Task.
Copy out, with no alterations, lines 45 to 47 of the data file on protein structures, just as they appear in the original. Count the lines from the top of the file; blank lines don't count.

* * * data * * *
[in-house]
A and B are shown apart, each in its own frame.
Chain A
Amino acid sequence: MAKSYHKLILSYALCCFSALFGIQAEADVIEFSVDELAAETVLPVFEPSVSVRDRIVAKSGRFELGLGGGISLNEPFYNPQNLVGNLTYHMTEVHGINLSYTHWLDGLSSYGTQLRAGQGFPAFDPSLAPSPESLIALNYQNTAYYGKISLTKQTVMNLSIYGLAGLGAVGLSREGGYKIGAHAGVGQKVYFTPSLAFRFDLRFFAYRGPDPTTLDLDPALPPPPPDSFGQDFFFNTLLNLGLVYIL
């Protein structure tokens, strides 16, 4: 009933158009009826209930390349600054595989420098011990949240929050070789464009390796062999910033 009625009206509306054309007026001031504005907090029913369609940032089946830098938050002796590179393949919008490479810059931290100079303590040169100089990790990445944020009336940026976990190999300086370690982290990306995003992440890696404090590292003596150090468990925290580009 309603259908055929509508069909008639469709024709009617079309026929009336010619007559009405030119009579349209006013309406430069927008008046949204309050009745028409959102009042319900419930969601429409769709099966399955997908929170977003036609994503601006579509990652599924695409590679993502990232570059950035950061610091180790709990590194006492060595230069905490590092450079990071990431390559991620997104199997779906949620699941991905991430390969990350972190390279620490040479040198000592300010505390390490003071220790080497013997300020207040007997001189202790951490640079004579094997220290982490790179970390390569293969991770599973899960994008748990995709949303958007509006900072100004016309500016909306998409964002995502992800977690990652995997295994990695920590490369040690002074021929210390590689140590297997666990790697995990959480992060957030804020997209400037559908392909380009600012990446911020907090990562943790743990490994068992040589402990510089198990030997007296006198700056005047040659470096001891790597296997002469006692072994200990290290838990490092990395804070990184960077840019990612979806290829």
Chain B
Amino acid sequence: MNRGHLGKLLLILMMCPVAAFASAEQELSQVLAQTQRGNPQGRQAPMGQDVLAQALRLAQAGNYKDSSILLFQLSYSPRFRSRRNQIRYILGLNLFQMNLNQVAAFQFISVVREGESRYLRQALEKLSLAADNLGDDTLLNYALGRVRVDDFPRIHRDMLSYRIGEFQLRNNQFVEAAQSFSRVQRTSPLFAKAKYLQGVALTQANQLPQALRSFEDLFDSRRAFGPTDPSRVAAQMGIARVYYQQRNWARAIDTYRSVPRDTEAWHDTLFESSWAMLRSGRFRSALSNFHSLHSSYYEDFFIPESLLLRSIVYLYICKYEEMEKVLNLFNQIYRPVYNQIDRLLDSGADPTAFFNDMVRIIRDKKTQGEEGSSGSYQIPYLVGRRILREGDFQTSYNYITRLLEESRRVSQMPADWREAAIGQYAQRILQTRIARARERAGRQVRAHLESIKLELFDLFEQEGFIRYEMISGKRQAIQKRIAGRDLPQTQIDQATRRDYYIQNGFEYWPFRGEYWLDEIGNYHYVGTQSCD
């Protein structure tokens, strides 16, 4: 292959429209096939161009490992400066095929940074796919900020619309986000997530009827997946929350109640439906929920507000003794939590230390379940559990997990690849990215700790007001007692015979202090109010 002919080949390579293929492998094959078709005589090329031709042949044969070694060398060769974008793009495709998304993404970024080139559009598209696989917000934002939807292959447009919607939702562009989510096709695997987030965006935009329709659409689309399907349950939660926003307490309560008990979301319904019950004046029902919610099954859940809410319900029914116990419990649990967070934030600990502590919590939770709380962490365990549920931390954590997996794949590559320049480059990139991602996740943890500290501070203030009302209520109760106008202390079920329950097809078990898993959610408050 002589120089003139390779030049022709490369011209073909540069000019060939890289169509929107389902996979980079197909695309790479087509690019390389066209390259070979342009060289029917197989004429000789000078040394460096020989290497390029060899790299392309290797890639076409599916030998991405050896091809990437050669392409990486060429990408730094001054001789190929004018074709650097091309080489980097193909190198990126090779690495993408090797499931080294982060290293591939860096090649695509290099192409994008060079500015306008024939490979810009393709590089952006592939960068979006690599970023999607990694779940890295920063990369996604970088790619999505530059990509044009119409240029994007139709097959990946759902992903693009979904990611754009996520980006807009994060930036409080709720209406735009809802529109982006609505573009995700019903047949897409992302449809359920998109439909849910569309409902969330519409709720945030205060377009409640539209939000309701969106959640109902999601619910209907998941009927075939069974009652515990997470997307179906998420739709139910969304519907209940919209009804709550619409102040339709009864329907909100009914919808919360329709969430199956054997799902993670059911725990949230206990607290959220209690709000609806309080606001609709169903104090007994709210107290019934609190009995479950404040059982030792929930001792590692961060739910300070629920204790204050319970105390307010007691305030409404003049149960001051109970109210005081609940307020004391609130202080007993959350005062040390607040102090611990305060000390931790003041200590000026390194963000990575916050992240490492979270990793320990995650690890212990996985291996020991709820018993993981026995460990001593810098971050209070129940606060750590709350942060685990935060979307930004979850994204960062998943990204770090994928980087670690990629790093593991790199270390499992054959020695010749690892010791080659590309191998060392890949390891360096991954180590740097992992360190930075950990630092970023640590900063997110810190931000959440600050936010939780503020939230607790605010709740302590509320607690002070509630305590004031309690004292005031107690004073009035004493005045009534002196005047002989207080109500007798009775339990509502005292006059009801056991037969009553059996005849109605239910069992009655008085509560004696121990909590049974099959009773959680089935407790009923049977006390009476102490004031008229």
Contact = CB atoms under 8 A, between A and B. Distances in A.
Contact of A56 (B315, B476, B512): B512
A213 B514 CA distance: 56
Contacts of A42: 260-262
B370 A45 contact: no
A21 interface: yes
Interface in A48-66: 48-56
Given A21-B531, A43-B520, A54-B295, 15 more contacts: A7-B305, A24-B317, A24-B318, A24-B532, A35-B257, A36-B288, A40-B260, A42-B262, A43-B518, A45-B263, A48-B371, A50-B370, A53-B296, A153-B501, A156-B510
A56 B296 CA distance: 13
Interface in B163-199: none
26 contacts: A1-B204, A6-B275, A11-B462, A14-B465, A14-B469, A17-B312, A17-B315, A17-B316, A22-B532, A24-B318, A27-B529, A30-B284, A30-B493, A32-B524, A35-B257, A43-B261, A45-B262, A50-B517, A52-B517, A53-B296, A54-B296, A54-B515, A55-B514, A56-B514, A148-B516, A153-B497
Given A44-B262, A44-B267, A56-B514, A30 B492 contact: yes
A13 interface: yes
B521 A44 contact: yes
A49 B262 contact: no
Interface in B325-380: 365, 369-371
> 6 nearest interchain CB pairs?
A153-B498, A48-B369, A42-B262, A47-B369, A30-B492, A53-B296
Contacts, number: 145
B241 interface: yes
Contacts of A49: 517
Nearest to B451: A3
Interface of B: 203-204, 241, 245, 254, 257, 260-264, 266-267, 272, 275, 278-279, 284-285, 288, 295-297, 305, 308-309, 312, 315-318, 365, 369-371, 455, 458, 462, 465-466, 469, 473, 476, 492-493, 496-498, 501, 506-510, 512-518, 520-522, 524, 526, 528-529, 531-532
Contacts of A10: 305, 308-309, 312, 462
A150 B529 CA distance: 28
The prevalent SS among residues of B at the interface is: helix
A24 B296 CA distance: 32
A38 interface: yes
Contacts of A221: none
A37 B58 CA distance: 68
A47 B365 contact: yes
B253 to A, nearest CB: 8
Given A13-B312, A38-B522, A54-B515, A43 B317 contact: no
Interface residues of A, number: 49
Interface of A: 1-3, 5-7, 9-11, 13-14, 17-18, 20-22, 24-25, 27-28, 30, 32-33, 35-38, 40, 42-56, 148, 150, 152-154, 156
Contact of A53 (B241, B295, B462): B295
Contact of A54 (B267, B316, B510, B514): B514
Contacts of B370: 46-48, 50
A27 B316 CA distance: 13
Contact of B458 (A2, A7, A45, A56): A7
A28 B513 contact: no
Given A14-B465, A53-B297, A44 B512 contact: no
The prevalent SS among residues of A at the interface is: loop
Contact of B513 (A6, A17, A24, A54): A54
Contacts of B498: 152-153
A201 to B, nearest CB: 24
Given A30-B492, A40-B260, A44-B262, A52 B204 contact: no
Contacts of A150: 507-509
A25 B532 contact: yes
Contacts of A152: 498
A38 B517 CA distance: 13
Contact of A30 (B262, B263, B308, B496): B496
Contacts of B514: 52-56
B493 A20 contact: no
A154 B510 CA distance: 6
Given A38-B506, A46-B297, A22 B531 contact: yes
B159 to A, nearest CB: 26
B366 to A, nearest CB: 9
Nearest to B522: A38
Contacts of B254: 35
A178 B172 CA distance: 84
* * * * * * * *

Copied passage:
Contact of A54 (B267, B316, B510, B514): B514
Contacts of B370: 46-48, 50
A27 B316 CA distance: 13